Landa comes through the 4.8km mark in 5:37, the 52nd best time to date, some 14 seconds off the pace.

At the finish, meanwhile, Bob Jungels (Etixx-QuickStep) comes home in 11:16, for the 6th best time to date.

Fastest time for Tom Dumoulin at the 4.8km mark. The Dutchman clocks 5:21, two seconds up on Tim Wellens, for an average speed of 53.831kph.

Majka goes through the 4.8km mark already 19 seconds down on the flying Dumoulin. Rigoberto Uran (Cannondale), meanwhile, has just set out on his time trial.

Vincenzo Nibali (Astana) begins his effort. Judging from the intermediate times, there is a chance to make some useful gains this afternoon.

A wall of noise greets Dumoulin as he sweeps into the final kilometre of his time trial. Has he held his pace over the back end of the course?

Landa comes home in 11:43, some 40 seconds off the pace.

Quickest time for Tom Dumoulin - just. The Dutchman comes home in 11:03, mere fractions of a second up on a disbelieving Roglic, who shakes his head sadly in the hot seat.

19th best time so far for Valverde, 24 seconds down on Dumoulin - but some 16 seconds up on Mikel Landa. The Spaniard won't be unhappy with that start.

Rafal Majka comes home in 11:41 - 38 seconds down on Dumoulin and just 2 ahead of Mikel Landa.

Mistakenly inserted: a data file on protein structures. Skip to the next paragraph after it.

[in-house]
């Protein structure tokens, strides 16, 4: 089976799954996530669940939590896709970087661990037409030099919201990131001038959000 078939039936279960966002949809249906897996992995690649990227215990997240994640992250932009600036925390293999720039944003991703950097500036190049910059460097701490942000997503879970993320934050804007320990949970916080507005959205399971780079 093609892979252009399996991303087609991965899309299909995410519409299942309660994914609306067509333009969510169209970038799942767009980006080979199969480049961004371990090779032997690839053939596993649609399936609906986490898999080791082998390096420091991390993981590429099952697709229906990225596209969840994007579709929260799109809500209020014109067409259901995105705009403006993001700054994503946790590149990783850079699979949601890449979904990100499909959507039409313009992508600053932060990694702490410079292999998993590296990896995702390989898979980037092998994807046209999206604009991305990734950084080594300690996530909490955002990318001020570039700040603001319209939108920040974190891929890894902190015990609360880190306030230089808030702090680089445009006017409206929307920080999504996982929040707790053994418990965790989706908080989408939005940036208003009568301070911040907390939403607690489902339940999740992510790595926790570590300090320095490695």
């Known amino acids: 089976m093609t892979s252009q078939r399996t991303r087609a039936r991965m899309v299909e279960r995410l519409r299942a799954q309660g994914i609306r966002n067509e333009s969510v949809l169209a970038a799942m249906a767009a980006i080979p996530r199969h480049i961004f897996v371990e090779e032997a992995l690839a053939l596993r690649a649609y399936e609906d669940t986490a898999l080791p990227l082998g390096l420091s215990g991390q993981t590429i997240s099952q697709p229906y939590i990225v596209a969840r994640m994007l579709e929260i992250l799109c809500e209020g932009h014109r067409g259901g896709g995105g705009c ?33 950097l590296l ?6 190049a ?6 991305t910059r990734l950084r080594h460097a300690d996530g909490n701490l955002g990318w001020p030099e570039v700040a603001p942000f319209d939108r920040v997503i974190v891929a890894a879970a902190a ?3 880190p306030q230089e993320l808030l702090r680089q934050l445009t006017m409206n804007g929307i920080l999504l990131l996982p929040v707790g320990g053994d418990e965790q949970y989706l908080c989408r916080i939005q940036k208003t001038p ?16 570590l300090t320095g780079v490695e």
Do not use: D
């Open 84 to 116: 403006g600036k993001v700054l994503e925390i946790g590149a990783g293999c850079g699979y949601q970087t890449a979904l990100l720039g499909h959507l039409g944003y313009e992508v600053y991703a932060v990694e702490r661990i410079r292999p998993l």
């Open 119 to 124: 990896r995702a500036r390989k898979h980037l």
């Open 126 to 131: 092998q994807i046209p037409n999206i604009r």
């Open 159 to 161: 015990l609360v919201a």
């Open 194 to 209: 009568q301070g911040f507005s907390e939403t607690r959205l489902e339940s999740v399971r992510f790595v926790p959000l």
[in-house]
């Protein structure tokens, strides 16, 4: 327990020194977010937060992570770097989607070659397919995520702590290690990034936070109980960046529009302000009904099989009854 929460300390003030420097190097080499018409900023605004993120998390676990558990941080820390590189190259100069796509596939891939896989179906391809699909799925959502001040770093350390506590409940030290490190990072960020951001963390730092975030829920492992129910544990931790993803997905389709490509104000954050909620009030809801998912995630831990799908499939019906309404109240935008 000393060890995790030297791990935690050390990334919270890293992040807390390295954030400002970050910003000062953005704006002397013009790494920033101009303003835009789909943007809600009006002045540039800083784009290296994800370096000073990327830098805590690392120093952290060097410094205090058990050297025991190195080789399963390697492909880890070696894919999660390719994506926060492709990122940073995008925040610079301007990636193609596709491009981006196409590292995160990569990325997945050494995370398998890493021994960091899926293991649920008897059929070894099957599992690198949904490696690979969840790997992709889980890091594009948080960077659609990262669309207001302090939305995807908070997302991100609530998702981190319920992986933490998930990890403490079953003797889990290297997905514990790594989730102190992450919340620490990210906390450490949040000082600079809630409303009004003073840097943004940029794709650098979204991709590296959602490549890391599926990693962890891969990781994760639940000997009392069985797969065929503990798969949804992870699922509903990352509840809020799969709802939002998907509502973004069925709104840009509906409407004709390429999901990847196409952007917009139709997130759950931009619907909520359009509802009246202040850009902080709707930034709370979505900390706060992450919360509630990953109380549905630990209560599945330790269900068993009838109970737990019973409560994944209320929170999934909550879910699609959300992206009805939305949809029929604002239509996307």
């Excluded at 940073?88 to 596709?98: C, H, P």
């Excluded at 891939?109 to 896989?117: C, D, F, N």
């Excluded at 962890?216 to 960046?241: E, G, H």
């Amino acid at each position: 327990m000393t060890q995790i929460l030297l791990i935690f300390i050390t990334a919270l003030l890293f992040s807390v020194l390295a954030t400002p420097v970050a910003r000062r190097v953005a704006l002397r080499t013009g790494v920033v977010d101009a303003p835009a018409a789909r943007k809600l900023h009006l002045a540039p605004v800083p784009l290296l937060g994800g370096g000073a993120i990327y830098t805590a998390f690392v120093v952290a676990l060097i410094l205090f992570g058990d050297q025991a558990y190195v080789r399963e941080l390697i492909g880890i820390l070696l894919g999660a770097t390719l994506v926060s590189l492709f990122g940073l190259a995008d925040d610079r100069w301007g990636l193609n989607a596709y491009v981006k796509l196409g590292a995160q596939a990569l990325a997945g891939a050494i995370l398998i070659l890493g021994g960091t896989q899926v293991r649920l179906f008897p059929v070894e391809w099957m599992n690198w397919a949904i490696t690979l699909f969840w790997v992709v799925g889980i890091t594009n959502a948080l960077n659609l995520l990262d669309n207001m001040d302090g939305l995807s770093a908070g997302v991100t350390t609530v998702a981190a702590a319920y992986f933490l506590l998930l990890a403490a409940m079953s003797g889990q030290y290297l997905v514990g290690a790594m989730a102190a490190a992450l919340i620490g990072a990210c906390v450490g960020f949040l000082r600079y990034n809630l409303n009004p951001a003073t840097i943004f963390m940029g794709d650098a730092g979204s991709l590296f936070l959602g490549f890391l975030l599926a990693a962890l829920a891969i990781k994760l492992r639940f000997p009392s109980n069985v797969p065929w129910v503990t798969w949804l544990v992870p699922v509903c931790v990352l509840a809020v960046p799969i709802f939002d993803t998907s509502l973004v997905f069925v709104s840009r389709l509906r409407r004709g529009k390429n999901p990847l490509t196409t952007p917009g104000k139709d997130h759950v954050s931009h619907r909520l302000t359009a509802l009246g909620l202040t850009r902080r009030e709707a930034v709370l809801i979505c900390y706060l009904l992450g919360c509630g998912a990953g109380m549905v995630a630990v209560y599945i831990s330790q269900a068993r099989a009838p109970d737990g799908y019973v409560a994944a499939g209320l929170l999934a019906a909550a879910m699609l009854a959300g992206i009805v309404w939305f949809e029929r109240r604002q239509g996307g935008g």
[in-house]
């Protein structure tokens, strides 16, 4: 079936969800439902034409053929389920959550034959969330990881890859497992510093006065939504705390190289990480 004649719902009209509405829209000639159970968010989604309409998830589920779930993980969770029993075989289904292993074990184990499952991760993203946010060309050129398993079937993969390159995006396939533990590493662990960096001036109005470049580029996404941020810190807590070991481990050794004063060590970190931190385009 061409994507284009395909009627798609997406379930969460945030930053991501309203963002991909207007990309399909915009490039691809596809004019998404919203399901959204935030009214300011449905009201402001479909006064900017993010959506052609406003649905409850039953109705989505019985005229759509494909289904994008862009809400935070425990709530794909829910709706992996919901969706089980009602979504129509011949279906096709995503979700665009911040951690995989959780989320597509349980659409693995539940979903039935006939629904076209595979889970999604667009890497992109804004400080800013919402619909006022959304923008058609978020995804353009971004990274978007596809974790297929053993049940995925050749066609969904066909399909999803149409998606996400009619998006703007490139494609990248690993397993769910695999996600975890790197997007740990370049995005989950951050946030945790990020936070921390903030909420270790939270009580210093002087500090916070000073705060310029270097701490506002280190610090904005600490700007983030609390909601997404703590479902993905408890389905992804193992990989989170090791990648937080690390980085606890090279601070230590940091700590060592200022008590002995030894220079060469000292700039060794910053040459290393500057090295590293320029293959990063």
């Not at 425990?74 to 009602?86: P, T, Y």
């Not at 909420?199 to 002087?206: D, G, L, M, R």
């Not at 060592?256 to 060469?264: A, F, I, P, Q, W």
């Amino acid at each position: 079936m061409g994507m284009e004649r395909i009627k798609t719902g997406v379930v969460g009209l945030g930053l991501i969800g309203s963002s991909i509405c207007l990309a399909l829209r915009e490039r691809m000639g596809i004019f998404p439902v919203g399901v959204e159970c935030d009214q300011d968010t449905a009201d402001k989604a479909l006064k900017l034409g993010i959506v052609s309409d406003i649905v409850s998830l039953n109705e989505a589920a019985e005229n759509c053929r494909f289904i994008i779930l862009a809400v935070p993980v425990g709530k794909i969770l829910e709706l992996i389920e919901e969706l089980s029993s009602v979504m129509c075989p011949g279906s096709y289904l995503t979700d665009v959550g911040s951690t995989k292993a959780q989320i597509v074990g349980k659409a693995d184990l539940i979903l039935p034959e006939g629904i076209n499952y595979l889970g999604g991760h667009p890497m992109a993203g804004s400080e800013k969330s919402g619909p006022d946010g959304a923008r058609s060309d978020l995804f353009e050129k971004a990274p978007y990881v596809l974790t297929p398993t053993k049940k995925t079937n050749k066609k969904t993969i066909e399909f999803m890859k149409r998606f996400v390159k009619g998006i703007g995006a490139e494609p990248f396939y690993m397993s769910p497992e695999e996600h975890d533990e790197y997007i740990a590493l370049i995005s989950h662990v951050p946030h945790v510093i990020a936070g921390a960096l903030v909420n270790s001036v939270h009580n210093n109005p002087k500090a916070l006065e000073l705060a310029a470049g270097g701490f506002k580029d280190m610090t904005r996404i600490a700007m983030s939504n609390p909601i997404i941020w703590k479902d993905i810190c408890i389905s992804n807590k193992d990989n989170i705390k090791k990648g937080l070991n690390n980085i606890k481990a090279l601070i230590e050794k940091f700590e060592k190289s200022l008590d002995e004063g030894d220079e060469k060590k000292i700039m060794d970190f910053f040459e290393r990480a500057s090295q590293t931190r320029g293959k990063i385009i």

A determined Fabian Cancellara (Trek-Segafredo) rolls down the start ramp and sweeps through the opening bend. He is the man most likely to deny Dumoulin the pink jersey.

Michael Hepburn (Orica-GreenEdge) begins his effort, the final man to start the time trial.

Nibali was 7 seconds down on Dumoulin at the 4.8km mark, but one second up on Valverde.

Steven Kruijswijk (LottoNL-Jumbo) caught Damiano Cunego for one minute, but has to settle for 19th place so far, just ahead of Valverde.

Disaster for young Stefan Kung (BMC), who crashed into the barriers and loses all hope of stage victory. Mercifully, the Swiss rider quickly remounts his replacement bike and doesn't appear to be badly hurt. He was just one second down on Dumoulin at the 4.8km mark, too.